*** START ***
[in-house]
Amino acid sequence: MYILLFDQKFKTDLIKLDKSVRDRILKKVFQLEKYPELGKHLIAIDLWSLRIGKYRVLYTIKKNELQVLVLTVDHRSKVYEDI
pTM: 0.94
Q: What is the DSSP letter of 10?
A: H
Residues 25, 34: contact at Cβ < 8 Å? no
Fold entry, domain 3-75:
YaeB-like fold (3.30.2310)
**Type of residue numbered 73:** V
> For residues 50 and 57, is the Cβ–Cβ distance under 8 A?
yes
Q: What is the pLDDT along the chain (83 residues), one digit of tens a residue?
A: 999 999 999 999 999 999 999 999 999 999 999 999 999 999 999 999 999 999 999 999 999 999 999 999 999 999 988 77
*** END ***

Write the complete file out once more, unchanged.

[in-house]
Amino acid sequence: MYILLFDQKFKTDLIKLDKSVRDRILKKVFQLEKYPELGKHLIAIDLWSLRIGKYRVLYTIKKNELQVLVLTVDHRSKVYEDI
pTM: 0.94
Q: What is the DSSP letter of 10?
A: H
Residues 25, 34: contact at Cβ < 8 Å? no
Fold entry, domain 3-75:
YaeB-like fold (3.30.2310)
**Type of residue numbered 73:** V
> For residues 50 and 57, is the Cβ–Cβ distance under 8 A?
yes
Q: What is the pLDDT along the chain (83 residues), one digit of tens a residue?
A: 999 999 999 999 999 999 999 999 999 999 999 999 999 999 999 999 999 999 999 999 999 999 999 999 999 999 988 77